7 Best Shoes For Light Hiking in 2024

Paul Ronto
Paul Ronto on
7 Best Shoes For Light Hiking in 2024
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From lightweight trail-to-town shoes to high-performance footwear that can withstand any type of weather, you have tons of options depending on your hiking routes and budget.

We’ve rounded up the latest offerings of the best hiking kicks from trusted brands. These great-looking shoes are ideal for daily on-foot adventures, integrating the latest technologies in footwear construction that deliver more comfort, flexibility, and protection.

To make your browsing experience easier and hassle-free, we’ve tested and ranked shoes for light hiking. Depending on your hiking habits and other specific needs, we have evaluated them categorically during our long process of testing so we can be sure in which area they truly excel. Check out our highlighted picks!

How we test hiking shoes

Each pair of footwear on this list is thoroughly examined and tested in the field. We analyze the quality of materials and technologies built into the shoes, and how they actually perform in the real world. Our wear tests involve using the shoes in a series of hikes in a variety of hiking environments.

Here’s what we do:

  • We invest our time and own money buying the shoes for our performance tests. This is to ensure our impartiality when publishing our reviews.
  • We put in the hours and distances using the shoes on hiking trips. During this time, we double-check every important aspect of the shoes including fit, comfort, water resistance, durability, and more. We subject the hiking shoes to a variety of outdoor settings, including tougher conditions.
  • To further enrich our data-gathering, we segment the shoes so we can investigate every section and every little detail. We also perform tests inside our lab like determining the hardness of the midsole and the outsole. What we do is press our durometer to the said parts and read and analyze the recorded hardness of our tool in HA. 

Best shoes for light hiking overall

Salomon Outpulse

What makes it the best?

Our light hikes were an absolute dream while wearing the Salomon Outpulse. This ultra-lightweight hiking shoe feels springy and lively underfoot and delivers excellent grip that keeps us stable if we want to break into a trot. We love the Salomon Outpulse, and it gets our vote as the best overall shoe for light hiking.

The Salomon Outpulse is so light that it was almost possible to forget we were wearing shoes at all! Tipping the scales at just 11.6 oz (329g), it is 1.8 oz (50g) lighter than our lab average, and one of the lightest hiking shoes in our database. Our feet felt agile and free on our hikes, and we had plenty of energy left at the end of our hikes.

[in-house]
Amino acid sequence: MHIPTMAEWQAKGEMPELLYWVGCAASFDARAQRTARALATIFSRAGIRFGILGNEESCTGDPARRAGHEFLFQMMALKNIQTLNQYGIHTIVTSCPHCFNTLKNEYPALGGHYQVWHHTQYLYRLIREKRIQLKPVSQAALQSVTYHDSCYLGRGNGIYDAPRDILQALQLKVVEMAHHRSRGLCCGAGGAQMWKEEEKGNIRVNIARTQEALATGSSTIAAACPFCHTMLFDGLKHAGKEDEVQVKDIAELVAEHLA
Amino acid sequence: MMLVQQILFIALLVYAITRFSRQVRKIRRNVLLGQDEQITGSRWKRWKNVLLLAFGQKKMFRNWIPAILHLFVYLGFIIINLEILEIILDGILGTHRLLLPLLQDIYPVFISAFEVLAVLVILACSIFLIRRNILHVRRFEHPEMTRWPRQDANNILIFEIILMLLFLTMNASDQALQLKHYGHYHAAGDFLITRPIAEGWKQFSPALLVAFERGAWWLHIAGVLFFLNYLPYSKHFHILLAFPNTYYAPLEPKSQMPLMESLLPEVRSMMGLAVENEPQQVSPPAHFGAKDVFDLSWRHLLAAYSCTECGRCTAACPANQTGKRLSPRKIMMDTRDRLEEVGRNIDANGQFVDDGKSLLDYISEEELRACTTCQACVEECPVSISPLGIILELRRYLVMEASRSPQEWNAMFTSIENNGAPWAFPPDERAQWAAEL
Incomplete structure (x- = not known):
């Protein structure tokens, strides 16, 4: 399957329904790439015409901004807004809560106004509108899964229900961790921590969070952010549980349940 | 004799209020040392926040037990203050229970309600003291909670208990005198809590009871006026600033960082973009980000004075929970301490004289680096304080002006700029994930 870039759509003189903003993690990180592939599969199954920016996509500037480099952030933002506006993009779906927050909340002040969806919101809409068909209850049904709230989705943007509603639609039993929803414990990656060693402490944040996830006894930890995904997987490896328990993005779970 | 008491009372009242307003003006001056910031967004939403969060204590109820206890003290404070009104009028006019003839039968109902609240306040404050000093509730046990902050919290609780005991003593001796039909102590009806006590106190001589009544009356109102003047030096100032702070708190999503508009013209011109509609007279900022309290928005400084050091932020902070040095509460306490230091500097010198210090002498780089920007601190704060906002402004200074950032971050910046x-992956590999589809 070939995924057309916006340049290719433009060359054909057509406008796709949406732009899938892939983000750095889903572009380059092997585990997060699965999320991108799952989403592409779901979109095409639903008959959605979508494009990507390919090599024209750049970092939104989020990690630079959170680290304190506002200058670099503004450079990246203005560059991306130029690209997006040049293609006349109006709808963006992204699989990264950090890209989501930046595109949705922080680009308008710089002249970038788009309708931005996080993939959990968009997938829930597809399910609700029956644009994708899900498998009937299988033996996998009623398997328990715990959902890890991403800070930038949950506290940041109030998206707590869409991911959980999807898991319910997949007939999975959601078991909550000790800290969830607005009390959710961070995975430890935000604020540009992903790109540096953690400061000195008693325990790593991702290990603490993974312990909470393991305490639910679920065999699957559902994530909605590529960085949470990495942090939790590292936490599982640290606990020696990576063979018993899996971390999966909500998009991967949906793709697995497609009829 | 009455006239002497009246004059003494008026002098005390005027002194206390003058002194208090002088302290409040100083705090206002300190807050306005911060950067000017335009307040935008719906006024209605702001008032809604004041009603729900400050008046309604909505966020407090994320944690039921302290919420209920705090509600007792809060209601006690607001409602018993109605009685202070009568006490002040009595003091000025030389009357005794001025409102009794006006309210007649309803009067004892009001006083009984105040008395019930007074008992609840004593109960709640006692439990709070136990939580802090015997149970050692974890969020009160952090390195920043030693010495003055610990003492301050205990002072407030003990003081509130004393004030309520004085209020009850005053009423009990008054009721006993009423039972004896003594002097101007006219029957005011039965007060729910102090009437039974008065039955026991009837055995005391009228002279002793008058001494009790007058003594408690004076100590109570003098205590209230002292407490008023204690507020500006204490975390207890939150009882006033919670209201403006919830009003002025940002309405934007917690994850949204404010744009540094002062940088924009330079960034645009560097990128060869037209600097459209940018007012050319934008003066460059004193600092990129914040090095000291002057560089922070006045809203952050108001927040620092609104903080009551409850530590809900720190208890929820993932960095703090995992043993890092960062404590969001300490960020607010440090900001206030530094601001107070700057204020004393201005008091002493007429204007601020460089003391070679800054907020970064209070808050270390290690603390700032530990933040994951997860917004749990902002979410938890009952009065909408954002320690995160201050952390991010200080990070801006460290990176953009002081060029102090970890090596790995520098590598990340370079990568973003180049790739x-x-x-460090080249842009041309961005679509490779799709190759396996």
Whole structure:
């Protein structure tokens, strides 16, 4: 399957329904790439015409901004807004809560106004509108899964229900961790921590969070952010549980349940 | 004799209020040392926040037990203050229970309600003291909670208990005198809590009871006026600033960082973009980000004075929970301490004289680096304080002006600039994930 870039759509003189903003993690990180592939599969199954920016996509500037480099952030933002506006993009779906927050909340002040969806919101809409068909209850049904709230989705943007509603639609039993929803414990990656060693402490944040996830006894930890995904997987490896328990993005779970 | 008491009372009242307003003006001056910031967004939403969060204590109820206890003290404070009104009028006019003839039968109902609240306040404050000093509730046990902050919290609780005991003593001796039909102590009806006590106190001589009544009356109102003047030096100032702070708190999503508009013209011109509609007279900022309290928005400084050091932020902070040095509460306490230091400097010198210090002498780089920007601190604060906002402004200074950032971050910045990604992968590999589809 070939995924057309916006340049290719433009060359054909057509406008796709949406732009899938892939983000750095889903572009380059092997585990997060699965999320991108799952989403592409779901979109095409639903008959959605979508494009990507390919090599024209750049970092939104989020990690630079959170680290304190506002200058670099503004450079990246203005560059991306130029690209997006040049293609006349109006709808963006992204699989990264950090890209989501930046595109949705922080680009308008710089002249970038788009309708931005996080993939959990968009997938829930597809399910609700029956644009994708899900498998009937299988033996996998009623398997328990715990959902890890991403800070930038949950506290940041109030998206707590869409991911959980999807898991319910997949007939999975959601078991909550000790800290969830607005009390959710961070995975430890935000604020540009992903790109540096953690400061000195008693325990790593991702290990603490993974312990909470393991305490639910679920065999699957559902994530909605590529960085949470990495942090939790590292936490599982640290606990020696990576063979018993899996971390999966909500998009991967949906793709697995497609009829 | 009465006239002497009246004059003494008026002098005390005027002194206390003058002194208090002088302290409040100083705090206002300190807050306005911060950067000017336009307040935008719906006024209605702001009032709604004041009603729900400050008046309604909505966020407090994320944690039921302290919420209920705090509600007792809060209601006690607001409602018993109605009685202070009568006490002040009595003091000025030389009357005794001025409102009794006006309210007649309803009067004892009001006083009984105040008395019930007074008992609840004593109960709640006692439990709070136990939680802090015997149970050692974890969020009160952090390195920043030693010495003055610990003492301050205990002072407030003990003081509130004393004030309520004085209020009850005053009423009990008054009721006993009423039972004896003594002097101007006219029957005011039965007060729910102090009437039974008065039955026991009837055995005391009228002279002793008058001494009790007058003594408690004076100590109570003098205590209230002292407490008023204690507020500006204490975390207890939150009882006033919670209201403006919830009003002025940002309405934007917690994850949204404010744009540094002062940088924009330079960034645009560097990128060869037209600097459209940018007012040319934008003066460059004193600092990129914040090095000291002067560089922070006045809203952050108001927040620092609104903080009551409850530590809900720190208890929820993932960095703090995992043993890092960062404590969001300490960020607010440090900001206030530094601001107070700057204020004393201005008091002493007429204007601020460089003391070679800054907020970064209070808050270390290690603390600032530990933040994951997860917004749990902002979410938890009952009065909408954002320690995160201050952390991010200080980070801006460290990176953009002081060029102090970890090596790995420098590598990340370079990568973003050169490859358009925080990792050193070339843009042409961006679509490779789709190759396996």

Adding to that nimble feeling is the superbly springy midsole, which is instantly noticeable straight out of the box. When we pressed a durometer to the midsole in the lab, it measured 22.6 HA - a number more in keeping with a running shoe. We felt carefree and energetic while walking, making our light hikes even more enjoyable.

Smooth rock or gravel, wet or dry ground or mud; these shoes seem to grip it all. We measured the depth of the lugs in the lab, and while at 4.1 mm they are only 0.1 mm deeper than average, the intricate, multidirectional lugs play a huge part in the impressive traction of this hiking shoe. In addition, scoring a middling 3/5 in our torsional flexibility tests, Salomon Outpulse flexes with our foot on uneven ground, further increasing the grip.

The reinforced toe box of the shoe stands up only moderately to our Dremel test in the lab, leading us to issue a middle-of-the-range 3/5 for toe box durability. While this shouldn’t be a problem for light hiking use, hardcore adventurers may want to look into a more robust hiking shoe.


  • Grippy and durable lugs
  • Extremely breathable
  • Lighter than average
  • Protective and bouncy midsole
  • Great for long hikes
  • Speedy and tenacious
  • Comfortable and high-quality upper construction
  • Secure lockdown
  • No break-in required
  • Performs consistently in the cold


  • Not ideal for wide feet
  • Tongue slippage
Full review of Salomon Outpulse

Light hiking shoes with the best comfort

What makes it the best?

Among light hiking shoes we tested on foot and in the lab, the Merrell Moab Speed 2 delivers top-tier comfort because it has all the elements that will make us last longer, and even go faster! From its breathable upper to its plush cushioning, it packs much-needed comfort and support for our outdoor escapades.

We could go on all day with this pair because each foot feels effortless to lift and is met with a plush foam upon landing. Our scales reveal a mere 11.6 oz (329g) build, significantly lighter than the 13.4 oz (379g) average. This boosts our agility and makes the experience more effortless. 

Yet even with its weightlessness, we’re surprised with its abundant 38.8 mm heel! Our durometer reveals a light and plush 19.0 HA foam, which is 31.4% softer than average. We like how even with its comfy touch, we never sank into the foam because of the FlexPlate that supports us underfoot.